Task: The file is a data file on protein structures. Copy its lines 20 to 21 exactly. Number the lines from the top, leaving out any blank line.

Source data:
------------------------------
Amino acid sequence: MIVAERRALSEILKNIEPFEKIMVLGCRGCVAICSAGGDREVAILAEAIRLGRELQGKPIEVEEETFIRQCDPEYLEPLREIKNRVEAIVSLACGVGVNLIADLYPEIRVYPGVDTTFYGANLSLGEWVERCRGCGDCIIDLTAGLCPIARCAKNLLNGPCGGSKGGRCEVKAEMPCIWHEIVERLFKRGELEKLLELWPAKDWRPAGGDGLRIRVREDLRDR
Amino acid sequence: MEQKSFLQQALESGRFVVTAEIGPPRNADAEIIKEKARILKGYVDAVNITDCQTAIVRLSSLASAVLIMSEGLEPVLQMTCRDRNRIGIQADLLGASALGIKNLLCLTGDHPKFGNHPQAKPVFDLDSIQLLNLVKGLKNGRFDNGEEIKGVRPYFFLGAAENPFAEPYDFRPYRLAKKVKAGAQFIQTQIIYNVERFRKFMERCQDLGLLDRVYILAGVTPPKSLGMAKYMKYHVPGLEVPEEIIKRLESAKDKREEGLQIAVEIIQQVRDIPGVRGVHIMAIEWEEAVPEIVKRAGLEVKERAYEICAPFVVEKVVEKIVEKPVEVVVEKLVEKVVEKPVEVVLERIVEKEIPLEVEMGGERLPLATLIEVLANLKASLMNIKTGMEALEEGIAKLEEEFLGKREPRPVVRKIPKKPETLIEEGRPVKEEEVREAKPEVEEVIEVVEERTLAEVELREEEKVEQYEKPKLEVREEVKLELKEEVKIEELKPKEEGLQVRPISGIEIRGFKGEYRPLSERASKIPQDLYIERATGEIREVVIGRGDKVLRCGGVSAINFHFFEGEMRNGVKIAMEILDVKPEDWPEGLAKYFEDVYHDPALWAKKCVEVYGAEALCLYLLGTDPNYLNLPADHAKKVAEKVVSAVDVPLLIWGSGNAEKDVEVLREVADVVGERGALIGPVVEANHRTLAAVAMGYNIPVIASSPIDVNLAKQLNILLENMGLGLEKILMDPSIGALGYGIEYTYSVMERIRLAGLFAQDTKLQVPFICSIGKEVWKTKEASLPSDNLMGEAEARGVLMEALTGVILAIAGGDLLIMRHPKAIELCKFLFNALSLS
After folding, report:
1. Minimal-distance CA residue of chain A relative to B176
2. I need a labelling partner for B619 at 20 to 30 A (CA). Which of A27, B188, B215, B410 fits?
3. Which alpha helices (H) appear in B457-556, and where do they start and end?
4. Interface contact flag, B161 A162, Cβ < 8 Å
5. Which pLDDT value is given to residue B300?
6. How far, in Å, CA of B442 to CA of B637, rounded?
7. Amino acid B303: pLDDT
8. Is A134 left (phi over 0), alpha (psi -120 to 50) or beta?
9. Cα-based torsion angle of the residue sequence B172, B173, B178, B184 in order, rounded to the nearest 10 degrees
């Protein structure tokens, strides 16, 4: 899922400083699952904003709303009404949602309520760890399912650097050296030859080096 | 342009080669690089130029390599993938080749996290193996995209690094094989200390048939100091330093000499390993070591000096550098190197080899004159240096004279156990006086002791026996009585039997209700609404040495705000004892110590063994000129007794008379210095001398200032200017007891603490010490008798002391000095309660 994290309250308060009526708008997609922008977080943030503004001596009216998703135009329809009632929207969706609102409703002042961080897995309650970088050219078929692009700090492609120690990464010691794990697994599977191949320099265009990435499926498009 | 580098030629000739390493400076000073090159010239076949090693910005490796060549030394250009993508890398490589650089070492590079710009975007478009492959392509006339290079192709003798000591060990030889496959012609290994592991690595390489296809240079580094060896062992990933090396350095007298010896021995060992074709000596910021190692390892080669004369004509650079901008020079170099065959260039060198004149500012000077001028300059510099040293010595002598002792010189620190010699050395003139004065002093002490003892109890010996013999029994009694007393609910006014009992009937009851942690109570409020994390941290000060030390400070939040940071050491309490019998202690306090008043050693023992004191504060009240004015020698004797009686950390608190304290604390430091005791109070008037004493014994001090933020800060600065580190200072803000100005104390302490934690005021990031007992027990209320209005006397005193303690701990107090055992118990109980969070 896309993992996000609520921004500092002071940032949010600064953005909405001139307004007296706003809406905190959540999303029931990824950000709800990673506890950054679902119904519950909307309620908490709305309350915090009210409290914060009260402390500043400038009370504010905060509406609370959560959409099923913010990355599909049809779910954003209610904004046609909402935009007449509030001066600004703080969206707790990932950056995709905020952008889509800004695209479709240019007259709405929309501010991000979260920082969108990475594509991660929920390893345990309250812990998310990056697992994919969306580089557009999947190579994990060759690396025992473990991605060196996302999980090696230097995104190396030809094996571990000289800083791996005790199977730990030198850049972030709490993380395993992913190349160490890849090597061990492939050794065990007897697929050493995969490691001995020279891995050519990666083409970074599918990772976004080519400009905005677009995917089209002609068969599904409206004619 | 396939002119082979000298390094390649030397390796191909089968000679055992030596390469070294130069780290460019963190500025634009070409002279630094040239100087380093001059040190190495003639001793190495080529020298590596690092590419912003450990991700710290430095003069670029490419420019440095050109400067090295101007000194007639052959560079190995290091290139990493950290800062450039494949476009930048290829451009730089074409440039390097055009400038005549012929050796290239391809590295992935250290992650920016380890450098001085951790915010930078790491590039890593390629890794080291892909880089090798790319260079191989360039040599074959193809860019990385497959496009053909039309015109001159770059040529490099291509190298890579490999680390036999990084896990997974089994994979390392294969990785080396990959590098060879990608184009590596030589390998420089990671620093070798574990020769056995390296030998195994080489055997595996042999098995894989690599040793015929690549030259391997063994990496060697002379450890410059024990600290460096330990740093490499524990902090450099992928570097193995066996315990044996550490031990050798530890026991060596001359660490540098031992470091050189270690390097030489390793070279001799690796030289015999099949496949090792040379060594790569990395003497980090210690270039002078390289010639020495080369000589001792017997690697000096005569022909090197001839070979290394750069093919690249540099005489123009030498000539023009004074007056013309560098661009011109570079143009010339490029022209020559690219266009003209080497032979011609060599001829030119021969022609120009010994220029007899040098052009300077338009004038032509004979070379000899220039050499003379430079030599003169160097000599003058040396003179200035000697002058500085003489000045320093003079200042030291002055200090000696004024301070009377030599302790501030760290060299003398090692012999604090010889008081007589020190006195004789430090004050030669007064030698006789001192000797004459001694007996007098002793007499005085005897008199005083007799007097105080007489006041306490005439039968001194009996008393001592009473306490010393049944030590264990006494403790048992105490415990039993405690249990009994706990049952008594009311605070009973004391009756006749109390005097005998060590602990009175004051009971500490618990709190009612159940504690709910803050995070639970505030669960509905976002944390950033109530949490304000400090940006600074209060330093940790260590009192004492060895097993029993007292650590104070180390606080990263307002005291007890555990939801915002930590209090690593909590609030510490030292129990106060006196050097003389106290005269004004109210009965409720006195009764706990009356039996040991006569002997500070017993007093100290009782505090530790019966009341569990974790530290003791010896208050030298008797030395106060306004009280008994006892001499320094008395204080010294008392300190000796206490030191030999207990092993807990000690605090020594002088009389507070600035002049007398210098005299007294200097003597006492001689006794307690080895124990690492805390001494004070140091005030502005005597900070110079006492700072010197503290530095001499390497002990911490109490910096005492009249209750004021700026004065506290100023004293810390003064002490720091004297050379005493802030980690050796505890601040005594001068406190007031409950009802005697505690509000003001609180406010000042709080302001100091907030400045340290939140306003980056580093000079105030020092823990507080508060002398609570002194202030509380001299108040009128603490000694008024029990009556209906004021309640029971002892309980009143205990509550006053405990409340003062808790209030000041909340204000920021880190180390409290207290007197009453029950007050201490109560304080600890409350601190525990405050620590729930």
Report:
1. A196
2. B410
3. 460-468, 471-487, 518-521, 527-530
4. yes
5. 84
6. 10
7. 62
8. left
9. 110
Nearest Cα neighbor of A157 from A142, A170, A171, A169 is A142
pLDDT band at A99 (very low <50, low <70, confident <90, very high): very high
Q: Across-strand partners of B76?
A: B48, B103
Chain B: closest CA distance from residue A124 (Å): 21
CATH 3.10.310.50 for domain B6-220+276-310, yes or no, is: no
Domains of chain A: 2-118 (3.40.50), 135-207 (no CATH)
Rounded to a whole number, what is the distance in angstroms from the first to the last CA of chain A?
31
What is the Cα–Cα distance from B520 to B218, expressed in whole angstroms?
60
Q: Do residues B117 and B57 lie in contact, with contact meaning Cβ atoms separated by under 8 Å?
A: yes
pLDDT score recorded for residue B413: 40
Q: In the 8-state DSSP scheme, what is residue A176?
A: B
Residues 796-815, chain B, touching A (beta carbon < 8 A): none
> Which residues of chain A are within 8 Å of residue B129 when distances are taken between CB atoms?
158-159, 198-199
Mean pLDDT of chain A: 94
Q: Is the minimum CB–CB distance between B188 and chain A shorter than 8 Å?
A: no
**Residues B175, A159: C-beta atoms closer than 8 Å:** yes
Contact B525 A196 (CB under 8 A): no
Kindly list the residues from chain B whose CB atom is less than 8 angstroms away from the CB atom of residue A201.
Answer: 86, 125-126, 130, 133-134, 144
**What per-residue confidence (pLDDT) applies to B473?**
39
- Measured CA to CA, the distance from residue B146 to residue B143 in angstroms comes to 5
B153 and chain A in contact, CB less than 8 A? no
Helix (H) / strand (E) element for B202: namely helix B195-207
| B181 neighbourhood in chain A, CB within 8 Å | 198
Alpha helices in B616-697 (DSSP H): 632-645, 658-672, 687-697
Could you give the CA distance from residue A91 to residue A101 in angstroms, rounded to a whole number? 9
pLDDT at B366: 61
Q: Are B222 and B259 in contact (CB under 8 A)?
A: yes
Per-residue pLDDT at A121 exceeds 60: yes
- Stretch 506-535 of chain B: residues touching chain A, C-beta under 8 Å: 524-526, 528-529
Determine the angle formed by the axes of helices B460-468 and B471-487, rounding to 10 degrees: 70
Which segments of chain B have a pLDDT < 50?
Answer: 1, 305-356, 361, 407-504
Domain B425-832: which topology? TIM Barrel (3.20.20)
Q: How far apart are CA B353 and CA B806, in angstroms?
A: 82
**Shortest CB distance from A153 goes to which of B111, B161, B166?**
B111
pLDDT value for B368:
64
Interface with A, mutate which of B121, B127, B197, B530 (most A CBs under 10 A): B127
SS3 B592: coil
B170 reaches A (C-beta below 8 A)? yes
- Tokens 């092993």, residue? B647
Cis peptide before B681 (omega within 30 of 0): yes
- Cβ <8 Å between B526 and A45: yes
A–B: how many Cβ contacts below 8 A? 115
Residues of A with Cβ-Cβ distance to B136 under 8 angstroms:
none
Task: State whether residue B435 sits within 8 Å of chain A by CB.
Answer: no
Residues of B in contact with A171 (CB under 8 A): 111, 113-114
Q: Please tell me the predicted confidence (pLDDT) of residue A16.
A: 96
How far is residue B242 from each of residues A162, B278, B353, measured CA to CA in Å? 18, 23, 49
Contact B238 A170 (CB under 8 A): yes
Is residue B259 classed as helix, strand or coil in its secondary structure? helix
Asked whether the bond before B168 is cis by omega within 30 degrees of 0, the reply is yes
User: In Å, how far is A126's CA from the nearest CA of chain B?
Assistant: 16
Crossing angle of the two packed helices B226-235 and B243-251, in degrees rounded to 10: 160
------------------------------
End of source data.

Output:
6. 10
7. 62